Ship Breaker by Paolo Bacigalupi

I was supposed to discuss Ship Breaker today, with you all, and with Kelly, Ana, Chris and Debi. I’m afraid I had to pull out, for the same reason Chris did. I do not remember enough about the book to discuss it! Obviously there is something wrong with me, to not have liked this book so much. It won the Printz! It was nominated for the Nation Book Award! What is wrong with me!?! Yeah, we won’t go into that right now.

So instead of answering the questions that Ana and Kelly are answering, (seriously, go read their posts) I’m going to discuss a little about what the book is about (best I can remember) and talk about why this book just didn’t make much of an impression on me.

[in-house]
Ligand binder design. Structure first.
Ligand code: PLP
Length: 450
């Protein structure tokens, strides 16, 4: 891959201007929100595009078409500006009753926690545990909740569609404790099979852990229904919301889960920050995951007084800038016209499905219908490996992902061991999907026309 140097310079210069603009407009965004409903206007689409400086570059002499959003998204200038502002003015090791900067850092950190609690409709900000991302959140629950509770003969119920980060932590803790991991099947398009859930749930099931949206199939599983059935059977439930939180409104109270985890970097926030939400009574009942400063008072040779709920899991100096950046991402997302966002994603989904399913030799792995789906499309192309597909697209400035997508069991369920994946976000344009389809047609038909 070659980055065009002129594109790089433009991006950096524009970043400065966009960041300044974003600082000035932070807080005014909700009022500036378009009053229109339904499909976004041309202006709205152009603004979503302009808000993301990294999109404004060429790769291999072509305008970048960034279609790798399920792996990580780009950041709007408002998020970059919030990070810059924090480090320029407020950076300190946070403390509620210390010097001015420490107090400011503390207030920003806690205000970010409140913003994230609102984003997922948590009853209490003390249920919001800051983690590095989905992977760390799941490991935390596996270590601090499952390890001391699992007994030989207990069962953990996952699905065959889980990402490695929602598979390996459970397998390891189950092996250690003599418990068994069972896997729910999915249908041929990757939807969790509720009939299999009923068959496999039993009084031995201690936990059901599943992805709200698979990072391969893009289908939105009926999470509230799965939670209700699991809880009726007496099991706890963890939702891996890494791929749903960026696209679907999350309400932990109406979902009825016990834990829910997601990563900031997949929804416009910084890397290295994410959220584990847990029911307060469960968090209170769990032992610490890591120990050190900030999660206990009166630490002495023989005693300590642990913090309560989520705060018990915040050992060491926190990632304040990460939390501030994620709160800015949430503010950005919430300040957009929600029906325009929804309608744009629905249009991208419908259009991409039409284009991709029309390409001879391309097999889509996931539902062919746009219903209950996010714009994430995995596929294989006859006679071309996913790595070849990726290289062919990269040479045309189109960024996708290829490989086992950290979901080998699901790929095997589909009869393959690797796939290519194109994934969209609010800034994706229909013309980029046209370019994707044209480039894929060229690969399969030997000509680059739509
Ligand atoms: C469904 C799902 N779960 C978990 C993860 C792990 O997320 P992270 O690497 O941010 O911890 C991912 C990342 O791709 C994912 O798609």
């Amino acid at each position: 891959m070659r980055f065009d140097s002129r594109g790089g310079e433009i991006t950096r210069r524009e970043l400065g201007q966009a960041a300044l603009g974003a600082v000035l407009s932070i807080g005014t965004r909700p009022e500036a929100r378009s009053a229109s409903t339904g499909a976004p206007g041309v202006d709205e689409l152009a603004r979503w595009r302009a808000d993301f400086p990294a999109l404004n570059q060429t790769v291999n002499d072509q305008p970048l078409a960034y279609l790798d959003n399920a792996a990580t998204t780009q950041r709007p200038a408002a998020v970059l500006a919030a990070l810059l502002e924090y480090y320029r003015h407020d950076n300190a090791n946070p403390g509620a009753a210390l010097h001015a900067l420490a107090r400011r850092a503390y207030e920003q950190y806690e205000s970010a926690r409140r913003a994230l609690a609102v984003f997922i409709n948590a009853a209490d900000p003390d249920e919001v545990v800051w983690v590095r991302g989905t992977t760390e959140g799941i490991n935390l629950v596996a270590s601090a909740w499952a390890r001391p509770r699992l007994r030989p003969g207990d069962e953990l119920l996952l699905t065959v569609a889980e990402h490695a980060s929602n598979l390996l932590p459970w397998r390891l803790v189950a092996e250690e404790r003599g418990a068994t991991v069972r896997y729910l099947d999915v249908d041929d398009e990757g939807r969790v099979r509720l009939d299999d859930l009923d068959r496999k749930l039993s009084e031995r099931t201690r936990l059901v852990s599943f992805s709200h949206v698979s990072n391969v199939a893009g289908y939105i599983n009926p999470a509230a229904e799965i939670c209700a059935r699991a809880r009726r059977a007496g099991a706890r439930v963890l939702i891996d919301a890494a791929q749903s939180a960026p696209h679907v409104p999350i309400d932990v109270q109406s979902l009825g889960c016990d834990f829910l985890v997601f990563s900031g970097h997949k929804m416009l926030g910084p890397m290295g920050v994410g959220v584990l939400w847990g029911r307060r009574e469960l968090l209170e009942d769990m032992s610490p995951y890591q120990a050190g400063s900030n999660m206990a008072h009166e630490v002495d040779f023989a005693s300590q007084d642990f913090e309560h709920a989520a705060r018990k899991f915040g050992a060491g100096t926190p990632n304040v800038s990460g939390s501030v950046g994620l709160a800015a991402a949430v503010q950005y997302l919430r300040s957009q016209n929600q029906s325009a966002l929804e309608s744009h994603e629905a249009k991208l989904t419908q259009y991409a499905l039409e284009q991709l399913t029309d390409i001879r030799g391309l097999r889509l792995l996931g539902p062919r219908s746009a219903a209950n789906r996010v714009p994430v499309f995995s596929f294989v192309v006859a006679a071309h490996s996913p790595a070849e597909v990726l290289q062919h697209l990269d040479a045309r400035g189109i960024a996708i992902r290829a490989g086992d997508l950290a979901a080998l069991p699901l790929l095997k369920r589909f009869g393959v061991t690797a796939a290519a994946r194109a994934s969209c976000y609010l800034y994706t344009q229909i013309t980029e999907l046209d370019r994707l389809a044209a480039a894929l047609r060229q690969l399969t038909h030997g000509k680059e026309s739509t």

I could depend on a generic summary from GoodReads or Barnes & Noble, but in an exercise in brain power, I’m going to attempt to summarize it myself. At the least, we’ll see just how much I really DO remember.

The first thing to remember is that this is a dystopian novel and that the main character is a kid named Nailer. Nailer, by all appearances, seems like an orphan, but he does have a father. And his father is a jerk, a violently mean, drug addict of a jerk. Nailer and his relationship with his father felt very Dickensian to me, with the abuse and fear at every mention of his father. Nailer is young and has a full time job, working on a grounded oil tanker where his small size enables him to scavenge for copper wiring. His life is very day to day and he completely relies on his size to help him make ends meet. He is a scrappy little guy and when he gets a sudden lucky break, it doesn’t take him long to jump at the chance to improve his life.